Another aside is what you mean by "understanding as a basis of human progress" - is this not already the product of education? To give us information and understanding. I wonder whether "understanding" is enough -- I think perhaps education should be pushing us not to understand but to, as you say later become "knowledge seekers". I think it's important to teach students to be critical of their surroundings and be critical even of things that they think they understand. That is, to always try and look for a deeper understanding regardless of what we think we already know.

    I realize I have a lot of questions/comments here. Interested to hear your thoughts/answers!

  2. Thanks neechi. I've made a lot of assumptions, including that schools don't talk to eachother. I have also assumed that it's the standardization that is causing the lack of "talking".

    By suggesting that schools should talk to eachother, I mean that the core knowledge that these schools share should be exchanged, on a very large and dynamic scale. In this case, it would mean more than just exchanging curriculi, but different schools (globally, not just the developed world) discussing how they can include multiple perspectives (including cultural background) in their own service of education.

    Of course, this assumes that this 'cultural education' exchange doesn't already happen globally.

    And here I agree with you - that it's important to teach students to seek deeper, critical understanding. While we continue to gain more access to information right to ourselves as individuals as opposed to in a classroom with others, it's important to build collective environments. The "understanding as a basis of human progress" was a wack sentance :)

    Thanks again. Let me know.

  3. Al,

    This post came at a great time. Just this weekend I was in the northern Malaysian state of Penang on business and my current "business" is in education. I was sitting in education fairs and went to a few local colleges to speak. In the end I felt like I was selling education like a commodity but I see that education has become a commodity and it is certainly reflective of the different systems of education that have come up in the Western world.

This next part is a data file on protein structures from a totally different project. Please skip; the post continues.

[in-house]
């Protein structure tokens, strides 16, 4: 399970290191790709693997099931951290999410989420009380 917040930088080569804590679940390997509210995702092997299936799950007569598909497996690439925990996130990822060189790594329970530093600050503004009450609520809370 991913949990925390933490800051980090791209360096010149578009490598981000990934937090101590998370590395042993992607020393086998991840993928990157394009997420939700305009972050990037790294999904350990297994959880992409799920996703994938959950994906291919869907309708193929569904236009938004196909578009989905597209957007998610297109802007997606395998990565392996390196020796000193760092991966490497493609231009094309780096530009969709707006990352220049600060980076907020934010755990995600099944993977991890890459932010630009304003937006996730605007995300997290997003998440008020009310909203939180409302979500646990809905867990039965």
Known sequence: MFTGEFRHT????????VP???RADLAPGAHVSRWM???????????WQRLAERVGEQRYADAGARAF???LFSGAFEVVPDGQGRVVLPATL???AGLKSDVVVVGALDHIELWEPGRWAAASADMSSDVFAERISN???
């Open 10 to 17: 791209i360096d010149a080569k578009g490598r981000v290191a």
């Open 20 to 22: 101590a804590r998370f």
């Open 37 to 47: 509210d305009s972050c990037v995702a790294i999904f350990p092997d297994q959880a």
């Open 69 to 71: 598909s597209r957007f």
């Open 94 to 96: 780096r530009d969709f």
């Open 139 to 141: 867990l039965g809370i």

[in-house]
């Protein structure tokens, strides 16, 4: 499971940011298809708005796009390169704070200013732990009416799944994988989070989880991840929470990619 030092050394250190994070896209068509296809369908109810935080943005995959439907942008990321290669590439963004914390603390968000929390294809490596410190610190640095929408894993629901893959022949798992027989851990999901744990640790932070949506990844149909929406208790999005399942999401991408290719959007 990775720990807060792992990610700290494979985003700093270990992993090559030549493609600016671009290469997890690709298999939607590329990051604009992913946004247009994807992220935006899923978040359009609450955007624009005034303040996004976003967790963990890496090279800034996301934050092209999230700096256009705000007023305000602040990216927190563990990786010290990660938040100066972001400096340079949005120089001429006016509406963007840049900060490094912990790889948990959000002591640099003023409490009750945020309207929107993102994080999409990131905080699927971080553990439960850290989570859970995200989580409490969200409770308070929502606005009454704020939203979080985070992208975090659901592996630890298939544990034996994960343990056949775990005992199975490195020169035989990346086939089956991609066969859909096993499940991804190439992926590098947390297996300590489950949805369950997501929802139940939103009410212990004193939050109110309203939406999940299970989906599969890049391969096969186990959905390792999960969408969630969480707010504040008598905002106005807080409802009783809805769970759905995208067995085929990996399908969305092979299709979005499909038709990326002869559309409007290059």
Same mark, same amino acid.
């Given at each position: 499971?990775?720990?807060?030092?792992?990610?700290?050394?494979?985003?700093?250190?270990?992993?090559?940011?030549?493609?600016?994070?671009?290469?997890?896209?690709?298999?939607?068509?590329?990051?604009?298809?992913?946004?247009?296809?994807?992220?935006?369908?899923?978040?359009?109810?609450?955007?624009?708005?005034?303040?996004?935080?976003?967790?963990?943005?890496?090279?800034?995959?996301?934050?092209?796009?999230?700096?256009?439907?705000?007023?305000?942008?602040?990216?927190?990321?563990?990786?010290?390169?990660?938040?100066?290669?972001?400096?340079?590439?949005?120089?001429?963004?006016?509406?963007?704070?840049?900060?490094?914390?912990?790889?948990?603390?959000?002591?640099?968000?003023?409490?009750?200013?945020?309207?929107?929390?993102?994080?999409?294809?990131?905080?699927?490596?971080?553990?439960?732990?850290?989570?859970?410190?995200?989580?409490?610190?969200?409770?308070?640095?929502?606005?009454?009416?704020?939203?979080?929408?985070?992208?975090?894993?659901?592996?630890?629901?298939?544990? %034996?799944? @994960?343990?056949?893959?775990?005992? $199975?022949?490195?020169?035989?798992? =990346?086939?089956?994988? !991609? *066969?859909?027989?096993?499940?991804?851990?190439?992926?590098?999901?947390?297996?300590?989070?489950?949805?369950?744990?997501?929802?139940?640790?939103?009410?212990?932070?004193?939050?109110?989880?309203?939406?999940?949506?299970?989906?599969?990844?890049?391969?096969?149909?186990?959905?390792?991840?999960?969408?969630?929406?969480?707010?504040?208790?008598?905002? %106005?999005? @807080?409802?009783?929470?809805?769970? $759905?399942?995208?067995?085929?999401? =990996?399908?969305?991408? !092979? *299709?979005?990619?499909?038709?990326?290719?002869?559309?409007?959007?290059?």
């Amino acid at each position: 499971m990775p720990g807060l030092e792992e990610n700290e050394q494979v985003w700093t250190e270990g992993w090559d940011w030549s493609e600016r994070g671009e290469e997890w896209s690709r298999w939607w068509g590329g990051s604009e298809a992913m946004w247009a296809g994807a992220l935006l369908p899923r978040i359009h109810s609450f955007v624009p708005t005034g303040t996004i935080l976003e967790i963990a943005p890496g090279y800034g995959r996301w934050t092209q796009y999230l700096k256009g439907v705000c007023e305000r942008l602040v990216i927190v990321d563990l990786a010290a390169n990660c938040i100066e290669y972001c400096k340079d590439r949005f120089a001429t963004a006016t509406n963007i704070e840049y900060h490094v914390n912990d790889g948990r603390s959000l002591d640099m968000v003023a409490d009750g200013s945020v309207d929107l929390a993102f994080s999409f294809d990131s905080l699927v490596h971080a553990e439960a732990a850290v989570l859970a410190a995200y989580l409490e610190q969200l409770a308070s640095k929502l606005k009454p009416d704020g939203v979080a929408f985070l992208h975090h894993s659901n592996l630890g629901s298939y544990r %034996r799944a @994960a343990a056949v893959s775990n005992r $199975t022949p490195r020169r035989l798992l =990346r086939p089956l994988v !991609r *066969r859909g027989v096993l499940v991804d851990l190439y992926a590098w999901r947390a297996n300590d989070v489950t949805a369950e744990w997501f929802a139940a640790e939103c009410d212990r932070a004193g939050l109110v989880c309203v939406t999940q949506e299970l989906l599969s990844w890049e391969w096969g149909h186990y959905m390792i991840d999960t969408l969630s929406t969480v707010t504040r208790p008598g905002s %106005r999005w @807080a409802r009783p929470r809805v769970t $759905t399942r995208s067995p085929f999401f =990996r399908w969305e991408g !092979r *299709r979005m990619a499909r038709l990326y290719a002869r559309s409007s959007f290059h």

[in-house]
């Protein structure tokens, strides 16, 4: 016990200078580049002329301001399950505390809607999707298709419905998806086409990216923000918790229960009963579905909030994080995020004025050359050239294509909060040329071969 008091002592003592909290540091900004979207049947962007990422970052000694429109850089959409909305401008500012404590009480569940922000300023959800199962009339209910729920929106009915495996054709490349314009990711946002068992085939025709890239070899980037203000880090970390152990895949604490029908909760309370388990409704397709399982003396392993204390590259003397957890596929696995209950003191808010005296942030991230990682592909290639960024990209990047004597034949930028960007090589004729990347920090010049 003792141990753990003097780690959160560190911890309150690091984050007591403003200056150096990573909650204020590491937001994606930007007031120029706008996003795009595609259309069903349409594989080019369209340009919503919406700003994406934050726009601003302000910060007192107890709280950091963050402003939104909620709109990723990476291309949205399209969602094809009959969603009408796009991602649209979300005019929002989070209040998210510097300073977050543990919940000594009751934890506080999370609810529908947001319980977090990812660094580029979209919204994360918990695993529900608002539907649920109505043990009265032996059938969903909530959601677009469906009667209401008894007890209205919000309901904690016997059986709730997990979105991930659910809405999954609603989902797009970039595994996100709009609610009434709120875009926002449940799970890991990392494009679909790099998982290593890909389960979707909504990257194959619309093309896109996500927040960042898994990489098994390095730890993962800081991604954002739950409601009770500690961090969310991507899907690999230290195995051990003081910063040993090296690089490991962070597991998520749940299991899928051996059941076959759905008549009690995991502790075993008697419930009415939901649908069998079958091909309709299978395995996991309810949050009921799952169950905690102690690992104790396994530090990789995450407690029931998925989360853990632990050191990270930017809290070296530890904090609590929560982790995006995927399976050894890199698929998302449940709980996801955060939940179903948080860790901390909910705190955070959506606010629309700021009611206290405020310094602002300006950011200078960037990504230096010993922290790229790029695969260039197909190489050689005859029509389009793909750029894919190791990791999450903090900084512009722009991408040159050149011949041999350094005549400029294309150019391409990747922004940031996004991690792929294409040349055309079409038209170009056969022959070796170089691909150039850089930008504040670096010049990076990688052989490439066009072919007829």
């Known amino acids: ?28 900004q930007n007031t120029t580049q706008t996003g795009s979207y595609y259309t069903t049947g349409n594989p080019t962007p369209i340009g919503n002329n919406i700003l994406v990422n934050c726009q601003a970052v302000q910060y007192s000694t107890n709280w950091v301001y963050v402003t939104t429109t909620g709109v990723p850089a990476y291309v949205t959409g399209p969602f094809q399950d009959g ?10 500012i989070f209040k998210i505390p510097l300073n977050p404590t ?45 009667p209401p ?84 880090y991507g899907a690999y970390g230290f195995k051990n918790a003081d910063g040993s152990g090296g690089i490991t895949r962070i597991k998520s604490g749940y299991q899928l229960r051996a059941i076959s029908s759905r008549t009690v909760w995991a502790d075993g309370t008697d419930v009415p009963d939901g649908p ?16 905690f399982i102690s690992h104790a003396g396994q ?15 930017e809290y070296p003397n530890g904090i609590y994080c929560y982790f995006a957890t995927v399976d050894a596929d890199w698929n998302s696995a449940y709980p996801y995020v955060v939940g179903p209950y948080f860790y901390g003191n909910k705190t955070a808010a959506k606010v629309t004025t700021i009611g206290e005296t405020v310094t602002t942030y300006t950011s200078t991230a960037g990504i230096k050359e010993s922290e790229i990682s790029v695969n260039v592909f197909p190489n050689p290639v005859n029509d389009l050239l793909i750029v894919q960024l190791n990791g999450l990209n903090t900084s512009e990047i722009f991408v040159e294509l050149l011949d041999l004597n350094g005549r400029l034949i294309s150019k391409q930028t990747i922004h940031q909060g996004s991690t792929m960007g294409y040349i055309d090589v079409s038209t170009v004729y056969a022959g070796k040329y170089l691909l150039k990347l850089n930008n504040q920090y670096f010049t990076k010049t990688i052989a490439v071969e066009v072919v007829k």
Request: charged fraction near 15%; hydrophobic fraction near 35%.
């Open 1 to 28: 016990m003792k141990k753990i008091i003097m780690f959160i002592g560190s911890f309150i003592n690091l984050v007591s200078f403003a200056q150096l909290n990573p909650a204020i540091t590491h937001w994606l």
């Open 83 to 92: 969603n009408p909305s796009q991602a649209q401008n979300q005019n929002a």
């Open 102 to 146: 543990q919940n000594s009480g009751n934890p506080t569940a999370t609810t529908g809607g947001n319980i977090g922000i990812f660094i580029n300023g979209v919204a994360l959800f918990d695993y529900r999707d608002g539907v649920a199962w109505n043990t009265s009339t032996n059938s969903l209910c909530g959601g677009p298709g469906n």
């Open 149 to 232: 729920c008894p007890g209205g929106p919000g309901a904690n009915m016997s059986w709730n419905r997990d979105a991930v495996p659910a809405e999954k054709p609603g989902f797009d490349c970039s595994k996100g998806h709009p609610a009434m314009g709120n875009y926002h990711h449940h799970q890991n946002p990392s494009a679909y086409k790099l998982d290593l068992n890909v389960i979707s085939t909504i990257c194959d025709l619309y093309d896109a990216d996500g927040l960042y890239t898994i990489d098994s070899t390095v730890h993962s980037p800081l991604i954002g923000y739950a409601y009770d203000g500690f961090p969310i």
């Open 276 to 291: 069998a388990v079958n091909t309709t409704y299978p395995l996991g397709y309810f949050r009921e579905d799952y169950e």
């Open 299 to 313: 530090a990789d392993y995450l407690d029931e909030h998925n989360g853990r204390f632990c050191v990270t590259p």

Take the UK and Australian models. After O-levels, students go into an A-level program or other pre-university program and by the time they take their entrance exams they need to know what they want to do. They are streamed from very early on and undergraduate degrees in these systems are on average a year shorter than US degrees (due to the absence of general education requirements) and are much more intensive in the fields they want to go into. This isn't to say the US liberal arts system (with on average 2 years of gen ed and 2 years of coursework in your major) is super better, but it is more flexible.

    That said, it is at the graduate level where we see streaming in the American system and debating about what master's program to enroll in is as serious as anything else. Which degree program will give me better career prospects? More money in the long run? Seldom is getting a graduate solely about "the love of learning", though for many who continue may indeed have this in mind. For certain fields certainly, a master's degree and some graduate training is essential. And when we invest money into our education we definitely want to make sure it pays off. But is it essential that everyone in the world go to grad schools for specialized degrees, especially as emerging fields are, well, emerging all the time? Does every single field of study known to man need a professional degree, or can we have graduate degrees in liberal arts for those who are content in learning?

    Thanks again for this post!!